Interest Rates Likely to Increase by 2023, Says Fed Vice Chair Clarida

Federal Reserve Board meeting in Washington, USA - 31 Oct 2018

Fed Vice Chair Richard Clarida said today that the necessary conditions for raising interest rates will have been met by year-end 2022.

Economy Explained: How Interest Rates Affect Your Wallet and the Bigger Economic PictureLearn: What Would the Benefit of Raising Interest Rates Right Now Be?

Speaking at the Peterson Institute for International Economics in Washington, D.C., Clarida clarified that “while, as Chair Powell indicated last week, we are clearly a ways away from considering raising interest rates and this is certainly not something on the radar screen right now, if the outlook for inflation and outlook for unemployment I summarized earlier turn out to be the actual outcomes for inflation and unemployment realized over the forecast horizon, then I believe that these three necessary conditions for raising the target range for the federal funds rate will have been met by year-end 2022,” according to his opening remarks.

He added that given this outlook and so long as inflation expectations remain well anchored at the 2% longer-run goal, “commencing policy normalization in 2023 would, under these conditions, be entirely consistent with our new flexible average inflation targeting framework.”

Read: Should the Fed Rethink Inflation as Delta Variant Scours the Country?

Last week, the Fed concluded its FOMC meeting and reiterated its stance on the “outcome-based, threshold guidance that specifies three conditions that the Committee expects will be met before it considers increasing the target range for the federal funds rate.”

These conditions are that “labor market conditions have reached levels consistent with the Committee’s assessments of maximum employment and inflation has risen to 2% and is on track to moderately exceed 2% for some time,” according to a statement last week.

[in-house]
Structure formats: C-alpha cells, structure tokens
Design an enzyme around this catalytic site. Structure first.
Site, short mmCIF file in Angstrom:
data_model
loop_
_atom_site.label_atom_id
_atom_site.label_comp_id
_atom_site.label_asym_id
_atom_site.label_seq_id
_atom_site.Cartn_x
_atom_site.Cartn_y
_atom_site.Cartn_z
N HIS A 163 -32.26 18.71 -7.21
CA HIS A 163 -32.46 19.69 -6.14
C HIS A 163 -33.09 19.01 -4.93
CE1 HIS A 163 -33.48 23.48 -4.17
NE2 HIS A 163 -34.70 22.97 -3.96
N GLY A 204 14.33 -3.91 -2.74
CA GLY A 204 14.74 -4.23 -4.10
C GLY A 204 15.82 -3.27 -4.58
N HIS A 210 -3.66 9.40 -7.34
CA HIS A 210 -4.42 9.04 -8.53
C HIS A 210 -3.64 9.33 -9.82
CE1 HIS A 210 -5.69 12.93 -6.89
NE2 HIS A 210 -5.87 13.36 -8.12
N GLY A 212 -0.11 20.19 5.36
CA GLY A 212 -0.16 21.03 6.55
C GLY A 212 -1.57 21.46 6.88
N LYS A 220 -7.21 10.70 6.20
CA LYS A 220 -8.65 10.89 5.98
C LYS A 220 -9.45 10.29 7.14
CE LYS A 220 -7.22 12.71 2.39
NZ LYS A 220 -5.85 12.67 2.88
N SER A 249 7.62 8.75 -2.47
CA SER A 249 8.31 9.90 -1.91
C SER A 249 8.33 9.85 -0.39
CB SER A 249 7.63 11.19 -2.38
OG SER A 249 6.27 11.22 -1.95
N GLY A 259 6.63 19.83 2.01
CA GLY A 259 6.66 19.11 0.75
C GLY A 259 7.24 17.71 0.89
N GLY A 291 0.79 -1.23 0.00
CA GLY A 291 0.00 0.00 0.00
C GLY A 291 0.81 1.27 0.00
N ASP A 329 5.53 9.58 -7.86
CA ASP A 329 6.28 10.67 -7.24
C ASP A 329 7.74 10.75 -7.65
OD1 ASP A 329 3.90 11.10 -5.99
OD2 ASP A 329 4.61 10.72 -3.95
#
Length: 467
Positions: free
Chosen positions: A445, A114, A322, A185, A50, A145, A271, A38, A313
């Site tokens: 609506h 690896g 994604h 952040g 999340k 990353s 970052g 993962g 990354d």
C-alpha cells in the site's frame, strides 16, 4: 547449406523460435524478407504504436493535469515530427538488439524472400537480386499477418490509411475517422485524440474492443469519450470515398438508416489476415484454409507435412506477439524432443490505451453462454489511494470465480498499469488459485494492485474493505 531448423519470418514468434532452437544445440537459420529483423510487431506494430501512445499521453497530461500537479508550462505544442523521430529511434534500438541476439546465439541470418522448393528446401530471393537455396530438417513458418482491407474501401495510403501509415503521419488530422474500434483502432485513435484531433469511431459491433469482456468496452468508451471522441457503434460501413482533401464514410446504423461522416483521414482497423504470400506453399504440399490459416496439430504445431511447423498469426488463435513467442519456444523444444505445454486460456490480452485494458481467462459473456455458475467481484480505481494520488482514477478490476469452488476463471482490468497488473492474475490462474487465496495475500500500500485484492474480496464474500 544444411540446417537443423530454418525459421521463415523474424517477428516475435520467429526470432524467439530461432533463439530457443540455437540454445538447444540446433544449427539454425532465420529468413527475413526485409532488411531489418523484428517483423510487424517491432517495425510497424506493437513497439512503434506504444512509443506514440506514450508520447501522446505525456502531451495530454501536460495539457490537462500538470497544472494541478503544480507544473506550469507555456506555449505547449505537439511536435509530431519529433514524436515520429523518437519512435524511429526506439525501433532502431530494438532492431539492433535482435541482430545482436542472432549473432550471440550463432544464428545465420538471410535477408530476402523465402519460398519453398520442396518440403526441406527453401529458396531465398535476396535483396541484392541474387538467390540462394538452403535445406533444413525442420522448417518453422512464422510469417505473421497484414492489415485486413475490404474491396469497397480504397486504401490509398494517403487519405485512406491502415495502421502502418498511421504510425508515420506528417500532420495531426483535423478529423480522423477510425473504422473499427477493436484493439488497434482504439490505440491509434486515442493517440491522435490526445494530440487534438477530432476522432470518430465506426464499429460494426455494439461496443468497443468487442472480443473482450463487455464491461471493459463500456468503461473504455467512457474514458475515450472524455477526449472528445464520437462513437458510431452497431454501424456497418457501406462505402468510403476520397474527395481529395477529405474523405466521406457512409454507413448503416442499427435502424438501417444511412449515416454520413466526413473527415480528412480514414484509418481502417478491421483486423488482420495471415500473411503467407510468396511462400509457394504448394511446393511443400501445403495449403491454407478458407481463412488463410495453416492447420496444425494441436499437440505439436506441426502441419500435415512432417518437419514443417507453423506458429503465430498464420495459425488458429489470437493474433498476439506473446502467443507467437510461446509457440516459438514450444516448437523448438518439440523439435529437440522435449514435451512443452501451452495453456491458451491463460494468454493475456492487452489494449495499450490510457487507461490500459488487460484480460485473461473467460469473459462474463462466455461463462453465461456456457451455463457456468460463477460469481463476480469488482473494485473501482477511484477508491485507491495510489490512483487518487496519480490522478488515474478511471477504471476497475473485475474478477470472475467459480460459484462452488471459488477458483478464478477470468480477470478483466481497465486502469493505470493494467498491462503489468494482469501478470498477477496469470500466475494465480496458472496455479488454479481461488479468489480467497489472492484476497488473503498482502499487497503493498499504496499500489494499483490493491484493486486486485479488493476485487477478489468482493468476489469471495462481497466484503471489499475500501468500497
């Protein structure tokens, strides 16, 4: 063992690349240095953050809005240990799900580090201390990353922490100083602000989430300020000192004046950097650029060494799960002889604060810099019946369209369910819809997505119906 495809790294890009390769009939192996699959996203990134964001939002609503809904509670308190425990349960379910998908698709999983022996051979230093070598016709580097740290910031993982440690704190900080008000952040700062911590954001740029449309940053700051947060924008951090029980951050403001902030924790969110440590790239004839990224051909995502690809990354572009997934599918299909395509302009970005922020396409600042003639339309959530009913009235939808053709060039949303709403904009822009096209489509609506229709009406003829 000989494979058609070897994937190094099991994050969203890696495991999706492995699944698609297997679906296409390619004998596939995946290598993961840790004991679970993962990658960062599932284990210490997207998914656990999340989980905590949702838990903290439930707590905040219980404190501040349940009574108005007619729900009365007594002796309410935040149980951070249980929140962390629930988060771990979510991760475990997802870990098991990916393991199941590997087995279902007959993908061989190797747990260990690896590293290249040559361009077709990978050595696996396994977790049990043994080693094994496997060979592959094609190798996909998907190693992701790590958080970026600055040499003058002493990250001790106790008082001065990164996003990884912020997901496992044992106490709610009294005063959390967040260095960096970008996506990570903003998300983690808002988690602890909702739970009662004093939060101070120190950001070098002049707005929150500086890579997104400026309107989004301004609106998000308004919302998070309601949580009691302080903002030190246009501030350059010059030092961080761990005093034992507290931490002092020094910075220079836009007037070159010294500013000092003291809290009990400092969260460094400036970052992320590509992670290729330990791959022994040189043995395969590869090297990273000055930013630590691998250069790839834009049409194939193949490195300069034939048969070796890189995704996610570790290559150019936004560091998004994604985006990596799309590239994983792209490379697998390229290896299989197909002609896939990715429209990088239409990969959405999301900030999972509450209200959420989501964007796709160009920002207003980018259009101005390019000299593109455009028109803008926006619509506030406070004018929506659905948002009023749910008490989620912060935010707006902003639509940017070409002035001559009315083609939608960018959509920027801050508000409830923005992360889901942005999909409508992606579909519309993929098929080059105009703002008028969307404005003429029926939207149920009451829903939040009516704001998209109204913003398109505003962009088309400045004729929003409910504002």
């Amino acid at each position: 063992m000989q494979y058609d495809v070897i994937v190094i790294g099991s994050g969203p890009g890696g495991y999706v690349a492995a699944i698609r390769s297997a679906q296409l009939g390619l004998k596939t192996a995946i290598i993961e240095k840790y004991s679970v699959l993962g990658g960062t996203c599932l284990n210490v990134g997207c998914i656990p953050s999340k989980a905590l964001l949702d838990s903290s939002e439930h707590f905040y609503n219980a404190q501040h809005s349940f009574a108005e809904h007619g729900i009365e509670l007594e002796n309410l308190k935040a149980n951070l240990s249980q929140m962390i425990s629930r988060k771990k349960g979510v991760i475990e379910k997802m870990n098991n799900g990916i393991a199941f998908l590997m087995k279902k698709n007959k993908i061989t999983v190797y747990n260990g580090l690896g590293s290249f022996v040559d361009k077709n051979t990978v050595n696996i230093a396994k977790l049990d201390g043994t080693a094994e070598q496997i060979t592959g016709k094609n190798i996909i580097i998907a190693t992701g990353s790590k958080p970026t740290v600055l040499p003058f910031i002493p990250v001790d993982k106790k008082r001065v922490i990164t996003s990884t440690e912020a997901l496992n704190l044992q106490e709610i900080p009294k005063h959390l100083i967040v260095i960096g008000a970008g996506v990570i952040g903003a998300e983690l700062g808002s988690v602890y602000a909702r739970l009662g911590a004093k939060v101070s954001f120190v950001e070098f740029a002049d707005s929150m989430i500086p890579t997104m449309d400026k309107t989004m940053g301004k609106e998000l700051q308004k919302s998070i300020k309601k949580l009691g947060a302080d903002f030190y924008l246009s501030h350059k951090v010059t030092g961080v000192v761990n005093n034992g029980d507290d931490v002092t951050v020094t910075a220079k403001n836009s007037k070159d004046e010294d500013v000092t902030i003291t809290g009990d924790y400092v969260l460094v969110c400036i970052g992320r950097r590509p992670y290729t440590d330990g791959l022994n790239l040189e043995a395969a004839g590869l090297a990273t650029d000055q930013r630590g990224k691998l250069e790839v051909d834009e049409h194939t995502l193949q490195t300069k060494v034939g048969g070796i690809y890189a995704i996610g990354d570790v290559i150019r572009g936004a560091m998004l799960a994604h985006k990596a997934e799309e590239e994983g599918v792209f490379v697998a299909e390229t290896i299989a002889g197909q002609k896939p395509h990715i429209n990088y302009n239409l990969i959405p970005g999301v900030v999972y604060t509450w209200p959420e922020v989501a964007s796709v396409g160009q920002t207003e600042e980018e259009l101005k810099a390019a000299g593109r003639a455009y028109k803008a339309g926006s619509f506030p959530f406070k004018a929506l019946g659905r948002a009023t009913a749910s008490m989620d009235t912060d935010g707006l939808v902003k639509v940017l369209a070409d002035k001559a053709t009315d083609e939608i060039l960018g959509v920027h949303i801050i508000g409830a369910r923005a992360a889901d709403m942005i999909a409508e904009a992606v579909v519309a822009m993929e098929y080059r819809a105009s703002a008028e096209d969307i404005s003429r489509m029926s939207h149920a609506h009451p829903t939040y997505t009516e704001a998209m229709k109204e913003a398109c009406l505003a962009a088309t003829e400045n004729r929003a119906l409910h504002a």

Make Your Money Work for You

In terms of the conditions in the labor market, Powell, appearing before the House Financial Services Committee last month to testify on monetary policy and the state of the economy, said that while they have continued to improve, “there is still a long way to go.”

Economy Explained: Breaking Down the Federal Budget and How the Government Spends MoneyMore: Debt Ceiling Partisan Feud Brews, Treasury Secretary Yellen Takes ‘Extraordinary Measures’

“The unemployment rate remained elevated in June at 5.9%, and this figure understates the shortfall in employment, particularly as participation in the labor market has not moved up from the low rates that have prevailed for most of the past year. Job gains should be strong in coming months as public health conditions continue to improve and as some of the other pandemic-related factors currently weighing them down diminish,” he said.

The Labor Department will release the July unemployment rates on Friday.

More From GOBankingRates

Last updated: August 4, 2021


See Today's Best
Banking Offers